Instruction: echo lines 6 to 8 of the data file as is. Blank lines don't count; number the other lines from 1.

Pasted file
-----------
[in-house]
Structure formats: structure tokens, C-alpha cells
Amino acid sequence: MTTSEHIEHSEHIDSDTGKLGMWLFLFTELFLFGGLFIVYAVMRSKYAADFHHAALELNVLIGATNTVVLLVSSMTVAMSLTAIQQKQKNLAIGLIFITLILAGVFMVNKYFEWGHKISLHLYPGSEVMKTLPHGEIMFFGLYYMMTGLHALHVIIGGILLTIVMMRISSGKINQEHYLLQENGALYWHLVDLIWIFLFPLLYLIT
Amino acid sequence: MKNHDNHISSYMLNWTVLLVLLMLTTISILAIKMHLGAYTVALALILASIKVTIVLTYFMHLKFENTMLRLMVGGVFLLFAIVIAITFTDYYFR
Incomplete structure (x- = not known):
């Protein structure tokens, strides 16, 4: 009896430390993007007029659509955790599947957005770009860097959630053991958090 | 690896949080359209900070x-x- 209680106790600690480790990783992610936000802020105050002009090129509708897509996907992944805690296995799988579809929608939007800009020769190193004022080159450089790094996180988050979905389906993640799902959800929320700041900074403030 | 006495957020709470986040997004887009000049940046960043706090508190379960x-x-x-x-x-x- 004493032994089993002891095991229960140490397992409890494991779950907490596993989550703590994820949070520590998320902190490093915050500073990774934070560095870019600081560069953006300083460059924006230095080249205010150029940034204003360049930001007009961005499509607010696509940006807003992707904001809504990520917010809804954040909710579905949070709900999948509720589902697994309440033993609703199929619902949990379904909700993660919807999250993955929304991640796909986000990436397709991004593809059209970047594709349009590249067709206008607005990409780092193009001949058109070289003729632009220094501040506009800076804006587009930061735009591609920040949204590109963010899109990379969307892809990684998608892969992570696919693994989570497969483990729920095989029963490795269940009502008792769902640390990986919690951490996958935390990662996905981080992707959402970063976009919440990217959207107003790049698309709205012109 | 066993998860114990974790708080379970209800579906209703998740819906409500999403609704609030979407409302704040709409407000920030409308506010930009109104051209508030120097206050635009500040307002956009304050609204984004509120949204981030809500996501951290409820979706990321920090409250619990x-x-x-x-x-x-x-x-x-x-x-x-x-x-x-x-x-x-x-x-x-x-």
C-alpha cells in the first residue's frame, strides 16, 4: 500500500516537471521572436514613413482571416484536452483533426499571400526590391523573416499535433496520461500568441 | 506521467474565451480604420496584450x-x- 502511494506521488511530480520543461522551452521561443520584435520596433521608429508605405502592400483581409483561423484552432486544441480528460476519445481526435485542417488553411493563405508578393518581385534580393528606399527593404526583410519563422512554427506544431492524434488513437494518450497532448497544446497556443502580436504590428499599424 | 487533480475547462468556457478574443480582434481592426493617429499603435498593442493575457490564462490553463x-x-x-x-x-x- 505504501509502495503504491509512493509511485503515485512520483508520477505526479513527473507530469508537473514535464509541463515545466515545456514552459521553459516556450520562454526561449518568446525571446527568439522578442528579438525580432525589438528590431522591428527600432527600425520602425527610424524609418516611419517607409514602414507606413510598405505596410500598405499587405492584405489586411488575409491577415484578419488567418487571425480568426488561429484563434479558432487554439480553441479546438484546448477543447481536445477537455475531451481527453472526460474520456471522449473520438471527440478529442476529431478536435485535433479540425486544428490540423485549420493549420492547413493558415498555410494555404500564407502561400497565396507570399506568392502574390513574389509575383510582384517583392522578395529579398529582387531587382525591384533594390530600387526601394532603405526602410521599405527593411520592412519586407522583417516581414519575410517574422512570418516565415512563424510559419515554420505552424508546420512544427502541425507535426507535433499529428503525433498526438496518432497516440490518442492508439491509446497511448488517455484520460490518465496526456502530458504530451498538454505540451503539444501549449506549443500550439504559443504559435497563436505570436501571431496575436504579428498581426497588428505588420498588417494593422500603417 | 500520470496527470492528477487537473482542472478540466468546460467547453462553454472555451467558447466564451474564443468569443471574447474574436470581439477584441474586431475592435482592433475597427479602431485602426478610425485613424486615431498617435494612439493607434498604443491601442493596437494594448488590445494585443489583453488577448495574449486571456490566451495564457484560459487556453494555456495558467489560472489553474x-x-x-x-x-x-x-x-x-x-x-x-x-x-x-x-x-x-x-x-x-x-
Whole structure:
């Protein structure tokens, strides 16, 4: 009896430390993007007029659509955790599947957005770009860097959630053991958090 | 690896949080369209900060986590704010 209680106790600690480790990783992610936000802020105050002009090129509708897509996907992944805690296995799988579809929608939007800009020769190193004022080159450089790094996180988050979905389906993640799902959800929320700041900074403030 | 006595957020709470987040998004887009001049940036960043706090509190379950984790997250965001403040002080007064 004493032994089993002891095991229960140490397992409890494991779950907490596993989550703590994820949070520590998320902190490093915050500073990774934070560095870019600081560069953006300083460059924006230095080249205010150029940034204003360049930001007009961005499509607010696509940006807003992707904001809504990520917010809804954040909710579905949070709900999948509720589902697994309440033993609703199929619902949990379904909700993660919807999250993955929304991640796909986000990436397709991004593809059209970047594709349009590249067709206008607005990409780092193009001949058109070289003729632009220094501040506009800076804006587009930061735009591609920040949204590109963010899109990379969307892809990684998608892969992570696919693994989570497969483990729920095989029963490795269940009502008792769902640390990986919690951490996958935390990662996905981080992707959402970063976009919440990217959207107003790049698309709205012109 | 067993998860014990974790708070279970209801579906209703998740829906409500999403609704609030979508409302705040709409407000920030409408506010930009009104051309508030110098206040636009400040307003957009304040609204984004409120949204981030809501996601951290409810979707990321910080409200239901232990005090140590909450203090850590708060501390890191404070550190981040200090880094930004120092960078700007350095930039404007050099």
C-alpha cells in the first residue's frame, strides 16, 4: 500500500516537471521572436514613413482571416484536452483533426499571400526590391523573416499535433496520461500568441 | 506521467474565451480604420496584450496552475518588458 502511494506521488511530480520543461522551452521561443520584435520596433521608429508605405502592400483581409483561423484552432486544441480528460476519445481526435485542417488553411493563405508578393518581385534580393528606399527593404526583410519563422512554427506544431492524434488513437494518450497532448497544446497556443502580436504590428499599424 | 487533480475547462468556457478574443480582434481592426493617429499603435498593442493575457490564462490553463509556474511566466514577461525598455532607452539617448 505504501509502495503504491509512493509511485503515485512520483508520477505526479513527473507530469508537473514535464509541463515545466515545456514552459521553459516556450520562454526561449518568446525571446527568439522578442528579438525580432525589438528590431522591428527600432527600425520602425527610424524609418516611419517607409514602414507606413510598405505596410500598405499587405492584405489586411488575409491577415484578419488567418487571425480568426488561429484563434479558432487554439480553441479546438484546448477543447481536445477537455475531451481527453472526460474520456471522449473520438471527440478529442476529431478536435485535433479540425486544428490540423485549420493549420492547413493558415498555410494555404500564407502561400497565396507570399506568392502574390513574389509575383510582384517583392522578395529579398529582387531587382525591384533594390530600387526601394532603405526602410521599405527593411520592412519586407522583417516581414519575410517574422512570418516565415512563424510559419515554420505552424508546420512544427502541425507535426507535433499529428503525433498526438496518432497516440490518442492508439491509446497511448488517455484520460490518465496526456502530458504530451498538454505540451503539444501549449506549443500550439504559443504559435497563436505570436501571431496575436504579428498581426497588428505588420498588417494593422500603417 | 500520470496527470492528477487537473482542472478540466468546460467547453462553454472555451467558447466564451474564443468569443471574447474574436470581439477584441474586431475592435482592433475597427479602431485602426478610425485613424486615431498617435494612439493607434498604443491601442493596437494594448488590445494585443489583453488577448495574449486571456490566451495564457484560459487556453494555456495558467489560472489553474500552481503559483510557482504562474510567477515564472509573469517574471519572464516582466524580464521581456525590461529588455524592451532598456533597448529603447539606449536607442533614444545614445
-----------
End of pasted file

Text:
């Protein structure tokens, strides 16, 4: 009896430390993007007029659509955790599947957005770009860097959630053991958090 | 690896949080359209900070x-x- 209680106790600690480790990783992610936000802020105050002009090129509708897509996907992944805690296995799988579809929608939007800009020769190193004022080159450089790094996180988050979905389906993640799902959800929320700041900074403030 | 006495957020709470986040997004887009000049940046960043706090508190379960x-x-x-x-x-x- 004493032994089993002891095991229960140490397992409890494991779950907490596993989550703590994820949070520590998320902190490093915050500073990774934070560095870019600081560069953006300083460059924006230095080249205010150029940034204003360049930001007009961005499509607010696509940006807003992707904001809504990520917010809804954040909710579905949070709900999948509720589902697994309440033993609703199929619902949990379904909700993660919807999250993955929304991640796909986000990436397709991004593809059209970047594709349009590249067709206008607005990409780092193009001949058109070289003729632009220094501040506009800076804006587009930061735009591609920040949204590109963010899109990379969307892809990684998608892969992570696919693994989570497969483990729920095989029963490795269940009502008792769902640390990986919690951490996958935390990662996905981080992707959402970063976009919440990217959207107003790049698309709205012109 | 066993998860114990974790708080379970209800579906209703998740819906409500999403609704609030979407409302704040709409407000920030409308506010930009109104051209508030120097206050635009500040307002956009304050609204984004509120949204981030809500996501951290409820979706990321920090409250619990x-x-x-x-x-x-x-x-x-x-x-x-x-x-x-x-x-x-x-x-x-x-």
C-alpha cells in the first residue's frame, strides 16, 4: 500500500516537471521572436514613413482571416484536452483533426499571400526590391523573416499535433496520461500568441 | 506521467474565451480604420496584450x-x- 502511494506521488511530480520543461522551452521561443520584435520596433521608429508605405502592400483581409483561423484552432486544441480528460476519445481526435485542417488553411493563405508578393518581385534580393528606399527593404526583410519563422512554427506544431492524434488513437494518450497532448497544446497556443502580436504590428499599424 | 487533480475547462468556457478574443480582434481592426493617429499603435498593442493575457490564462490553463x-x-x-x-x-x- 505504501509502495503504491509512493509511485503515485512520483508520477505526479513527473507530469508537473514535464509541463515545466515545456514552459521553459516556450520562454526561449518568446525571446527568439522578442528579438525580432525589438528590431522591428527600432527600425520602425527610424524609418516611419517607409514602414507606413510598405505596410500598405499587405492584405489586411488575409491577415484578419488567418487571425480568426488561429484563434479558432487554439480553441479546438484546448477543447481536445477537455475531451481527453472526460474520456471522449473520438471527440478529442476529431478536435485535433479540425486544428490540423485549420493549420492547413493558415498555410494555404500564407502561400497565396507570399506568392502574390513574389509575383510582384517583392522578395529579398529582387531587382525591384533594390530600387526601394532603405526602410521599405527593411520592412519586407522583417516581414519575410517574422512570418516565415512563424510559419515554420505552424508546420512544427502541425507535426507535433499529428503525433498526438496518432497516440490518442492508439491509446497511448488517455484520460490518465496526456502530458504530451498538454505540451503539444501549449506549443500550439504559443504559435497563436505570436501571431496575436504579428498581426497588428505588420498588417494593422500603417 | 500520470496527470492528477487537473482542472478540466468546460467547453462553454472555451467558447466564451474564443468569443471574447474574436470581439477584441474586431475592435482592433475597427479602431485602426478610425485613424486615431498617435494612439493607434498604443491601442493596437494594448488590445494585443489583453488577448495574449486571456490566451495564457484560459487556453494555456495558467489560472489553474x-x-x-x-x-x-x-x-x-x-x-x-x-x-x-x-x-x-x-x-x-x-
Whole structure: